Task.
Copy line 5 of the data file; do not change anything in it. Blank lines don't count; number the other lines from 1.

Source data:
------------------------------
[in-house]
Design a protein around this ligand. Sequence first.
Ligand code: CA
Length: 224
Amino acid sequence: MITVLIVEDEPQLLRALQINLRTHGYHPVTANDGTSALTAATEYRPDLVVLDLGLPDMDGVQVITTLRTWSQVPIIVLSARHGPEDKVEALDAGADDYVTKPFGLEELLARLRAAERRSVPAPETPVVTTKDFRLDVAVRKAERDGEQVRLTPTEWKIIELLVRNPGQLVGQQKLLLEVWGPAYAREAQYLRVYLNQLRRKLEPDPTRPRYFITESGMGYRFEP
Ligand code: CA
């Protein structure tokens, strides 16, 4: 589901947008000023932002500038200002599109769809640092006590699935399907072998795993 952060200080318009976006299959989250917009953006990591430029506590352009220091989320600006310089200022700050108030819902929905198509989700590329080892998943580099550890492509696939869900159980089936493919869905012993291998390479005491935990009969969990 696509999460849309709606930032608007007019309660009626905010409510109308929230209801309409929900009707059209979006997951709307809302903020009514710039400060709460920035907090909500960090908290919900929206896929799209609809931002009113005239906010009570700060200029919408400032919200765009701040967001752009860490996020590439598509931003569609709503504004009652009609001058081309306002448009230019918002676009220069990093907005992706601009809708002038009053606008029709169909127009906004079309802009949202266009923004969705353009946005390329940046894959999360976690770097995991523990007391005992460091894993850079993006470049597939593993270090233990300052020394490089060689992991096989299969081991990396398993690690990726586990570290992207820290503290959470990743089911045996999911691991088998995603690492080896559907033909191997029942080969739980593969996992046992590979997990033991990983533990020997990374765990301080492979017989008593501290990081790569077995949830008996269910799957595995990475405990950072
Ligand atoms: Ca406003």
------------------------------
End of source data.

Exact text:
Amino acid sequence: MITVLIVEDEPQLLRALQINLRTHGYHPVTANDGTSALTAATEYRPDLVVLDLGLPDMDGVQVITTLRTWSQVPIIVLSARHGPEDKVEALDAGADDYVTKPFGLEELLARLRAAERRSVPAPETPVVTTKDFRLDVAVRKAERDGEQVRLTPTEWKIIELLVRNPGQLVGQQKLLLEVWGPAYAREAQYLRVYLNQLRRKLEPDPTRPRYFITESGMGYRFEP